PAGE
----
Some similarities between Frisian and English are extremely obvious, for instance:
Dutch: kaas
German: Käse
Frisian: tsjiis
English: cheese

That brings to mind the Frisian equivalent of schild en vriend: "Bûter, brea en griene tsiis" (Butter, bread, and green cheese. See here.)

Anyway, I can't seem to find the research. It was published no more than two or three years ago. I think the comparison focused on Dutch, German, and the Scandinavian languages, but I'm not completely sure.

...nicely illustrate how the distinction between dialect and language is political rather than linguistic. Science is politically neutral, even though it can be used politically, and often is.

It was also political prior to then to call it Nederlands in spite of the fact that Afrikaans is more of a creole. However, the political decision shaped the language in the sense that it might've moved closer to standardized Dutch again if relations had remained well. I don't know if you've heard of Schneider's dynamic model? The point in time where they decided to call it Afrikaans instead of Dutch in many ways concludes phase 4.

Re: Grammatical Mutterings
Reply #31
Nevertheless, Dutch is an official language in the Union of South American Nations

What is this? A typo?

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Re: Grammatical Mutterings
Reply #32
What is this? A typo?

Hardly. Surinamese Dutch is one of the four major varieties of Dutch: Netherlandic Dutch, Belgian Dutch, Caribbean Dutch, and Surinamese Dutch. Although I seem to have been slightly mistaken about the status of English:

Quote
The official languages of the Union of South American Nations shall be Spanish, English, Portuguese and Dutch.


However, it might be that English is not actually an official language in any of the individual member states. I'll have to check up on that.

Re: Grammatical Mutterings
Reply #33
Interesting. I've never heard about that.
In Guiana they speak English.

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Re: Grammatical Mutterings
Reply #34
In Guiana they speak English.

Good point. Guyana is probably why English is an official language too.

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Re: Grammatical Mutterings
Reply #35
I would expect the German case system to be greatly simplified if not to disappear all together, like has happened to other Germanic languages.

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Re: Grammatical Mutterings
Reply #36
Yes, me too.

Re: Grammatical Mutterings
Reply #37

I would expect the German case system to be greatly simplified if not to disappear all together, like has happened to other Germanic languages.


Yes, me too.

Grrrr  :o

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Re: Grammatical Mutterings
Reply #38
Haha, I'm sorry. It's just something that seems to be a global rule, observed in the evolution of languages all around the world. But there's no need to worry; there's a hypothesis that languages will start the whole process all over again once they reach the "end."

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Re: Grammatical Mutterings
Reply #39
Agreed. I used the Perl motto to describe this in an earlier posting.

Quote from: jax
Quote from: rjhowie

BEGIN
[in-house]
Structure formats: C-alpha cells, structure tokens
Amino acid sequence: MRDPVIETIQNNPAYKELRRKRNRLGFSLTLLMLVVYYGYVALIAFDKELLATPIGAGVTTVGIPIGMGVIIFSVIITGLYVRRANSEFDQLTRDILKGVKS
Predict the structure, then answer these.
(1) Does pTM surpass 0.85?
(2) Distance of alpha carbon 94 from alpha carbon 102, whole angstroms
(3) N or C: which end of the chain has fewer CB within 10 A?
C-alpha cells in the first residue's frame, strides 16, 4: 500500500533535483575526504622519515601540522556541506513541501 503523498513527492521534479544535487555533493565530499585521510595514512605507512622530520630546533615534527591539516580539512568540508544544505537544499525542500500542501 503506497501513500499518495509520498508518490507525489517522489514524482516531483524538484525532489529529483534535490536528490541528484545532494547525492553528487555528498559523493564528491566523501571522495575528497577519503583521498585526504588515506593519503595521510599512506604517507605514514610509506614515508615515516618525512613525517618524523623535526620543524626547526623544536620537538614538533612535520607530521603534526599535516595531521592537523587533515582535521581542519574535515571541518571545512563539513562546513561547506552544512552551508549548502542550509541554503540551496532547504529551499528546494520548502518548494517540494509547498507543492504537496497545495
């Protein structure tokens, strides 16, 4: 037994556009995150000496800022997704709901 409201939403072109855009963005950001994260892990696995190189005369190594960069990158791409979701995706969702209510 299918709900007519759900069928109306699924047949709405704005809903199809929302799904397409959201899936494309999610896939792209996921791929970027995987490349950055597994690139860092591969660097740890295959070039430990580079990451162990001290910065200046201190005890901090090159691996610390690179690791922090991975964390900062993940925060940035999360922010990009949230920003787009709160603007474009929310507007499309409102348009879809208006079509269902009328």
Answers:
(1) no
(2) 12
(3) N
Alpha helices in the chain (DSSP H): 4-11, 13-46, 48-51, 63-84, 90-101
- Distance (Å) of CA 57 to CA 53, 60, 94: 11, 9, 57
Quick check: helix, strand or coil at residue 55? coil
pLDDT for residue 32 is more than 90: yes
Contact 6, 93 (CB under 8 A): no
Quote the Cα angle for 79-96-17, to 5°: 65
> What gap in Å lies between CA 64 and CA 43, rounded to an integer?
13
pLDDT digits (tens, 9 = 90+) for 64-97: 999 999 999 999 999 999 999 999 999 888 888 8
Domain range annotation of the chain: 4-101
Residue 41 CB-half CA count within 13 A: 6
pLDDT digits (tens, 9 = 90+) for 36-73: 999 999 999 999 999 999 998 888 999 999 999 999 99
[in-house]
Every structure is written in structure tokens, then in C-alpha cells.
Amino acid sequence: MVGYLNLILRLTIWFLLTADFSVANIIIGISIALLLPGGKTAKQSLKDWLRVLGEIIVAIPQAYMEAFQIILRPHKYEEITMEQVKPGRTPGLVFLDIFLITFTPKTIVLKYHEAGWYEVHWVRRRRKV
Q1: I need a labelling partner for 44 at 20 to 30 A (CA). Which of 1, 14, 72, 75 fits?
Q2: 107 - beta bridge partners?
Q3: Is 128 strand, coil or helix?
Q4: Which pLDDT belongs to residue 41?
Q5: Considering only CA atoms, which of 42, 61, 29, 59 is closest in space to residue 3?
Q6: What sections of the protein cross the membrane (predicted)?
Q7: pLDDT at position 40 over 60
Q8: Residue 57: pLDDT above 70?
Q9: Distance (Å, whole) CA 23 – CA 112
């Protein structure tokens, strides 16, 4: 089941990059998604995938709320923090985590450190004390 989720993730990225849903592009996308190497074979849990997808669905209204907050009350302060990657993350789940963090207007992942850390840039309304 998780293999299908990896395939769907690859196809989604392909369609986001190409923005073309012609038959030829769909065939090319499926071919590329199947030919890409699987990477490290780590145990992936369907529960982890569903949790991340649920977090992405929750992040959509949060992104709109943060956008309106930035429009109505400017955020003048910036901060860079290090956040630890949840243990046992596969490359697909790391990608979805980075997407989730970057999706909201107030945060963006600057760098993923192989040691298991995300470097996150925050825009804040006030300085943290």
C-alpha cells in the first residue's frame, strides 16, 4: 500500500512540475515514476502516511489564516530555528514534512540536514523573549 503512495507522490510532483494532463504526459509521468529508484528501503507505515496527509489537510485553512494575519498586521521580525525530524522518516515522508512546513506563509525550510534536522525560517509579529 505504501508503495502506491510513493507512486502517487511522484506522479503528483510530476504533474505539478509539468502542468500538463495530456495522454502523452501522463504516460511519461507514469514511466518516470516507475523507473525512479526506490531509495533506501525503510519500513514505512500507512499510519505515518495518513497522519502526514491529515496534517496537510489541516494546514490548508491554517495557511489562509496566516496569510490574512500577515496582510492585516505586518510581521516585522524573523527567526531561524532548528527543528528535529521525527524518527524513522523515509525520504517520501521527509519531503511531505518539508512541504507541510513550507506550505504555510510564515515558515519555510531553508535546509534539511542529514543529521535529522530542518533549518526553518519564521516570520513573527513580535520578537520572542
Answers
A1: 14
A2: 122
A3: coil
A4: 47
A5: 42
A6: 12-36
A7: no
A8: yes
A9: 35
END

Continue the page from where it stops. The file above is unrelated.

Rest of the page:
I found it amusing having been involved in the Educational field for years when an English teacher in Glasgow bemoaned to me once that no matter how much time he spent on the language as soon as the pupils were out at 3.30pm they just reverted back to their working class Glaswegian lingo.


I think this one post more than any condenses the future of English  (or any other language or dialect).

Languages change constantly, and it is primary the children who change it. The adults can add a nifty phrase here and there, or analyse the language to make up rules that governs it, but the dramatic or subtle language shifts that garners from one generation from the next are largely caused by the new custodians, children and young adults.

<a href="http://my.opera.com/community/forums/findpost.pl?id=2510212">I have appropriated the Perl virtues[/url], laziness, impatience, and hubris, as the drivers of natural languages as well. Laziness is a major cause of sound shifts, the new sounds are less energy consuming than the old ones, it is easier to say dis than this. Impatience efficiently shortens language, while hubris is the drive to do better, resulting in the construction of more elaborate linguistic structures. The impatience-hubris engine is powerful and social, you deemphasise what unimportant to you and the listener, and emphasise what is important. As the culture changes so does the language, as the language changes so does the culture.

The amount of creativity stirred into the language is staggering. We spend an immense effort in creating new words and phrases or reappropriating old ones, and we take joy  from that. Just look at any medium-length thread on D&D and you will find this in action. It is even more satisfying when others take up on our creations, but most are one-use, or short-use that fads away.

Seen from the language more important than the constant creations is how and from whom we monkey our words. We pattern all our speech on others. Early on that would be the parents and the background chatter, later our peers, especially those we would like to emulate, the teachers, the writers, the television, the future employers and authority figures, the Internet. We are capable not only of learning one or more languages, but keep track of the status of those speaking it and how they speak it.